New insulin compound may improve diabetes treatment

In a new study, researchers have developed a non-fibrillating form of human insulin.

The team successfully synthesized an insulin analogue called glycoinsulin that demonstrates the same glucose-lowering effects as native insulin in preclinical studies without fibril formation.

The discovery could improve the clinical delivery of insulin for people living with diabetes.

The research was led by the Florey Institute of Neuroscience and Mental Health.

Over 25,000 people in Australia and 350,000 people in the United States use insulin pumps as part of their diabetes management.

In what can cause significant patient burden and medicine wastage, insulin pump infusion sets are required to be replaced every 24 hours to 72 hours to mitigate the occurrence of fibrils.

In the USA alone, more than US$1 billion could be saved per year if the usage period for insulin increased from two to six days.

Fibrils can arise when insulin compounds aggregate together forming clumps.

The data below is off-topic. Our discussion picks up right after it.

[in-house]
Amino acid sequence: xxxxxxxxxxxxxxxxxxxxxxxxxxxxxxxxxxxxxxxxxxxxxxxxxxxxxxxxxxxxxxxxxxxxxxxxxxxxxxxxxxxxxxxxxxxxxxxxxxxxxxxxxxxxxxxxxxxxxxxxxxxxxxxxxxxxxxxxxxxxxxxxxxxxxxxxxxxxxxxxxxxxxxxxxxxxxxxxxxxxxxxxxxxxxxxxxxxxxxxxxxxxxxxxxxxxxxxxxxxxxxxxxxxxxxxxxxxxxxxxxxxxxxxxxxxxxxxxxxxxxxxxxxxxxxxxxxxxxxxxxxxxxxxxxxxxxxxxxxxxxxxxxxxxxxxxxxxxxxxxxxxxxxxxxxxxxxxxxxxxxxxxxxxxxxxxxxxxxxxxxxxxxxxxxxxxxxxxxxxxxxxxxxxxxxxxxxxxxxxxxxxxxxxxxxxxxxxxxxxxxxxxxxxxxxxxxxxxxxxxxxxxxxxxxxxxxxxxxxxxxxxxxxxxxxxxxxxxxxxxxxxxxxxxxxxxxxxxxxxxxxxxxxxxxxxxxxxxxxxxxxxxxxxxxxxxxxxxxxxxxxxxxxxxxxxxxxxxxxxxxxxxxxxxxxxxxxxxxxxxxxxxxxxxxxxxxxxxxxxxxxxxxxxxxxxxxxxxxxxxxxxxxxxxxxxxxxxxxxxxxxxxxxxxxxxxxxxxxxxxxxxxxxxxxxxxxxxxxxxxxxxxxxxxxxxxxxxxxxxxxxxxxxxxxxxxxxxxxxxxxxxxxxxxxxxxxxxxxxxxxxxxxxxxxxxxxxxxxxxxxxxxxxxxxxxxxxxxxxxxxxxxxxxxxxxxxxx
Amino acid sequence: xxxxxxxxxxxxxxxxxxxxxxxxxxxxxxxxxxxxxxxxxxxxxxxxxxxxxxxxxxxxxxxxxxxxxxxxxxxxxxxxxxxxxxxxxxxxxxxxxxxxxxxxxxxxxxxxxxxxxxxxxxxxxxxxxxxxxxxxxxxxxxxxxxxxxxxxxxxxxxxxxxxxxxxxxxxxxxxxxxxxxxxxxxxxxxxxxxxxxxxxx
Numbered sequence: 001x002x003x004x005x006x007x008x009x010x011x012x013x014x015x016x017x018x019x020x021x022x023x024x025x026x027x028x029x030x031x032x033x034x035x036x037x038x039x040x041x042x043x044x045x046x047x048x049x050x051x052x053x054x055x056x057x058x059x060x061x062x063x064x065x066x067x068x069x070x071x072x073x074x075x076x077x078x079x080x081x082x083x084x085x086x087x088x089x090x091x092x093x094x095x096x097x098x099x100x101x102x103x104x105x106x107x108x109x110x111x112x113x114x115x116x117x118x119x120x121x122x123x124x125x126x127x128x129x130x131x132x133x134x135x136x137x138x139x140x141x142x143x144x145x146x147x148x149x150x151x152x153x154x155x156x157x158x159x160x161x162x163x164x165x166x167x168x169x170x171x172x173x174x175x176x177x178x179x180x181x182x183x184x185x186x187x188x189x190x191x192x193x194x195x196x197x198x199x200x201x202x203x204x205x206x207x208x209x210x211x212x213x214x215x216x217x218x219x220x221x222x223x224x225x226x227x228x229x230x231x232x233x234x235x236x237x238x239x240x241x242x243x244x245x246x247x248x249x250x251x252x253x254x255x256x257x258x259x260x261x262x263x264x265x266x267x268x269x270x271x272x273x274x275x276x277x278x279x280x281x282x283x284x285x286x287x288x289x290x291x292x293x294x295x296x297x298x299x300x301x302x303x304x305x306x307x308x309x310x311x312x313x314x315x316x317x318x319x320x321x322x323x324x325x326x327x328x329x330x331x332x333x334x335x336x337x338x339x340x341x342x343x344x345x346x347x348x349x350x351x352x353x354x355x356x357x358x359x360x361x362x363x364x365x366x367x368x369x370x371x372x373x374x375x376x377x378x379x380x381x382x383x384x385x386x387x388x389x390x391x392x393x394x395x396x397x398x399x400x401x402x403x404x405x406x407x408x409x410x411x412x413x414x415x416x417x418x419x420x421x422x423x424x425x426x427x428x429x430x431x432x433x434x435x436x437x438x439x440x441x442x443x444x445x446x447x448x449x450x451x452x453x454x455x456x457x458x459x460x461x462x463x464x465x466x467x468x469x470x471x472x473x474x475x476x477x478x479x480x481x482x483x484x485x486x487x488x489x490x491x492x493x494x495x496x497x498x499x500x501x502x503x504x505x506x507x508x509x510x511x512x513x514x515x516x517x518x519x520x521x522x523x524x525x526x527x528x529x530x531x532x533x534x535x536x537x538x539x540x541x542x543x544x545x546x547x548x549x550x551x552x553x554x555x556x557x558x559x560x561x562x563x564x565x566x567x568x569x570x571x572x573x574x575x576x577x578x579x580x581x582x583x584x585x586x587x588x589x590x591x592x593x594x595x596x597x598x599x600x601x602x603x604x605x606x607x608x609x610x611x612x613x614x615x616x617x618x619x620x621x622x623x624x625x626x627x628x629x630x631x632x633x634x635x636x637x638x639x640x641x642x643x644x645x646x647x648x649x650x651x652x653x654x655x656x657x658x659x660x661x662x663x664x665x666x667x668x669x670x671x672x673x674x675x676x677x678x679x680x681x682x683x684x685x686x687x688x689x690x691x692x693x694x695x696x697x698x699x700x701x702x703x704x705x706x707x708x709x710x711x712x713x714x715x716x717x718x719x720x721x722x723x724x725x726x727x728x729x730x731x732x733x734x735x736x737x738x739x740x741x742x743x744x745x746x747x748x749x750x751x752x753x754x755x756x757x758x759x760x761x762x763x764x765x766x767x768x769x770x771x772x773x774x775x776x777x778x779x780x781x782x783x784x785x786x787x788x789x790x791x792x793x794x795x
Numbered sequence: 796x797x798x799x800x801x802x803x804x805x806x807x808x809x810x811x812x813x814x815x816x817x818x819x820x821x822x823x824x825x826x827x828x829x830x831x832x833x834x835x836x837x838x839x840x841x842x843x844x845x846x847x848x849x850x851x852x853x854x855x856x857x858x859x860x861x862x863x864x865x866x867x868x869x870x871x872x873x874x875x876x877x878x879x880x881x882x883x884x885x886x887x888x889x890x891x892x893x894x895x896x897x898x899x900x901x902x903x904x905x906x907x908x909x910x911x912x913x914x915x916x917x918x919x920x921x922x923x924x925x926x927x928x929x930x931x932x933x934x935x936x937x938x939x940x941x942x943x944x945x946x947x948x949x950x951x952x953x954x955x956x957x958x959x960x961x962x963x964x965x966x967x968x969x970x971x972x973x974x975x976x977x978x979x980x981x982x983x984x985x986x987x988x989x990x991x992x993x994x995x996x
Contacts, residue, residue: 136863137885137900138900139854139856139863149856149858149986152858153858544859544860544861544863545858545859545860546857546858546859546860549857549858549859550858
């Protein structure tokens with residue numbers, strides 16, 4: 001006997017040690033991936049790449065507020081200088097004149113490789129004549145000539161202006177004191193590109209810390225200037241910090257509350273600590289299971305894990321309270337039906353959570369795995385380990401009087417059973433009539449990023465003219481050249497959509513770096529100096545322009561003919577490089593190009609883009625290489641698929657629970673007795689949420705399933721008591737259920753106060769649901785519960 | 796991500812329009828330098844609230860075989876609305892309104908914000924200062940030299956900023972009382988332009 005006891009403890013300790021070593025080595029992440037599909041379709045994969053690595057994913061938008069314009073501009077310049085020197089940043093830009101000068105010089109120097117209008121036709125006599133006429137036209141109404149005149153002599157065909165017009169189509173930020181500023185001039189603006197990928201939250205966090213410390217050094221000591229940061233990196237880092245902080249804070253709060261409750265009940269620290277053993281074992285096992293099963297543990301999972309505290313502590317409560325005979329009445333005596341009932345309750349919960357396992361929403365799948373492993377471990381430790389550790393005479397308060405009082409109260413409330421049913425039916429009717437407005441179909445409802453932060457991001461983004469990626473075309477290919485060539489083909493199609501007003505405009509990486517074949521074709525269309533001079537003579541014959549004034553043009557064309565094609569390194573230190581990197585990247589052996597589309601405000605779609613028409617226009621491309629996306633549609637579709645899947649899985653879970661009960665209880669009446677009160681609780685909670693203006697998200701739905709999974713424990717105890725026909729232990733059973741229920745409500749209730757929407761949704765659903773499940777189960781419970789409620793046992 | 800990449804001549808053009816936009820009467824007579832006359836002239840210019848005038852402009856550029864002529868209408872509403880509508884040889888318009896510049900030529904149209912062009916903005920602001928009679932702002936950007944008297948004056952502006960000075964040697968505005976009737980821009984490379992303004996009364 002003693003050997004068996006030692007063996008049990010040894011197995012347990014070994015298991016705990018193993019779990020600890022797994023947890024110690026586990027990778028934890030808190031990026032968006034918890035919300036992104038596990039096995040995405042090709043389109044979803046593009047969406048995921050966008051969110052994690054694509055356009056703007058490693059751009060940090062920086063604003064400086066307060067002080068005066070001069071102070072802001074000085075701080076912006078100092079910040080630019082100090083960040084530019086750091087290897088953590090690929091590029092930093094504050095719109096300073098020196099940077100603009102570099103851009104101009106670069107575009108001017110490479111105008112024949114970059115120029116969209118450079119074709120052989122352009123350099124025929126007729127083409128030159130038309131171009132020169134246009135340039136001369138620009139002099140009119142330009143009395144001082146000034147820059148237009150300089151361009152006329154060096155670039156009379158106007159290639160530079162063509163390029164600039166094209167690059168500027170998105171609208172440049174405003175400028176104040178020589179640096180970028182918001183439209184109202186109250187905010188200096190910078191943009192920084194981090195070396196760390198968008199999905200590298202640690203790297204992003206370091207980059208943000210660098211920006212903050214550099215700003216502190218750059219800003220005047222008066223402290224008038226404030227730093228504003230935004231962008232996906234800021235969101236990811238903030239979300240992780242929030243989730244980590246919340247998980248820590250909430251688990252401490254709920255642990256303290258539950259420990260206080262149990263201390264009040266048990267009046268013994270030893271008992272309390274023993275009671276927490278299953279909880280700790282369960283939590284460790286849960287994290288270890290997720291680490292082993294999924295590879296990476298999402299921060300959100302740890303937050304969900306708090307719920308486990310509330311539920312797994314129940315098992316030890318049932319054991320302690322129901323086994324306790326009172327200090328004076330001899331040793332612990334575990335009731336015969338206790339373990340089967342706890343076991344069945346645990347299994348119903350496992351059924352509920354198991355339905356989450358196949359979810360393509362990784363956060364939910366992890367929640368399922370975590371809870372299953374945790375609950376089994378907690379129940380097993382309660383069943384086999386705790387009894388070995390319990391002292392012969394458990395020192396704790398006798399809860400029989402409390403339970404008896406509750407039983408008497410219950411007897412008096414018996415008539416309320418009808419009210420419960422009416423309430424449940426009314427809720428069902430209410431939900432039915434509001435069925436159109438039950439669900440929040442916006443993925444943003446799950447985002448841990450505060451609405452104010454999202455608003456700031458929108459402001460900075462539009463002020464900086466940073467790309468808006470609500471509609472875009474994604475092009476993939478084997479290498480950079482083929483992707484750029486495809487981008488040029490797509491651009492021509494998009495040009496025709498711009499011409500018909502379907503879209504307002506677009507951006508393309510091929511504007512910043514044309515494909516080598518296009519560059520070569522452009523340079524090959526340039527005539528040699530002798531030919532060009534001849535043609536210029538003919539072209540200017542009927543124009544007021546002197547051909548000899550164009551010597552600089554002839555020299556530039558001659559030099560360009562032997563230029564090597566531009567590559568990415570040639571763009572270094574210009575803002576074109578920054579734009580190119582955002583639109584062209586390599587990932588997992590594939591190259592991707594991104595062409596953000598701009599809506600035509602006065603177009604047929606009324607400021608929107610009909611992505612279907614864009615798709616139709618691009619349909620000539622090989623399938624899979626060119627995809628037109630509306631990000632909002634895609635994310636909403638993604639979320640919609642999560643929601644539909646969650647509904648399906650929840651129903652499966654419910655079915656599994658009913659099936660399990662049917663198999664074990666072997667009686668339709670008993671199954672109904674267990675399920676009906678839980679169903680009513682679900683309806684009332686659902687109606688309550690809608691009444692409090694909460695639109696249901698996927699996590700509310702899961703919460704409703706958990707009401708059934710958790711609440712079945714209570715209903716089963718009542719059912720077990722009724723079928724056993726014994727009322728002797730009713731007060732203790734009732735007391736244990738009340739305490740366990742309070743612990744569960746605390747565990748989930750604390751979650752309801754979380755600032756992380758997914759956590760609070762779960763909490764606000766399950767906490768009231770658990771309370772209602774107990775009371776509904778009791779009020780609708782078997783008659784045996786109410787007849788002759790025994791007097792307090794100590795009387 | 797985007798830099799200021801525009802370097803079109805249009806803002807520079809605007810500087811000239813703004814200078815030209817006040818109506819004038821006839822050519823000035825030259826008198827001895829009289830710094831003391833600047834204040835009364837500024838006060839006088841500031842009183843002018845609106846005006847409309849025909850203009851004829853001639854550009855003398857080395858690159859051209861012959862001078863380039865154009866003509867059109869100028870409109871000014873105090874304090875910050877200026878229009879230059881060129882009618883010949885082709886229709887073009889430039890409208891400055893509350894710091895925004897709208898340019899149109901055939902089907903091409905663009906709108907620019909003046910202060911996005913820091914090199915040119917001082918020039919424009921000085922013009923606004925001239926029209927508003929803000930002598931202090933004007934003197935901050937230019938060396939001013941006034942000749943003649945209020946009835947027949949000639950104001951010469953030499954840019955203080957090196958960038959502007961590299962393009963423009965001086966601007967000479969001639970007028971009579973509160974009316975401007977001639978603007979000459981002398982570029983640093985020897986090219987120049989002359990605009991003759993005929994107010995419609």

For people with diabetes who rely on pump infusions to administer insulin, fibrils pose a serious risk in blocking the delivery of insulin which can potentially lead to life-threatening under-dosing.

Critical to the success of the study was the engineering of an insulin-sugar complex from egg yolks using a method jointly developed by the team.

They say that the discovery of glycoinsulin presents a promising solution for patients.

Glycoinsulin is an excellent candidate for use in insulin pumps and a way to improve the shelf life of insulin products.

The research findings saying they had the potential to make life easier for people living with diabetes who use insulin pumps.

The lead author of the study is Associate Professor Akhter Hossain.

The study is published in the Journal of the American Chemical Society.

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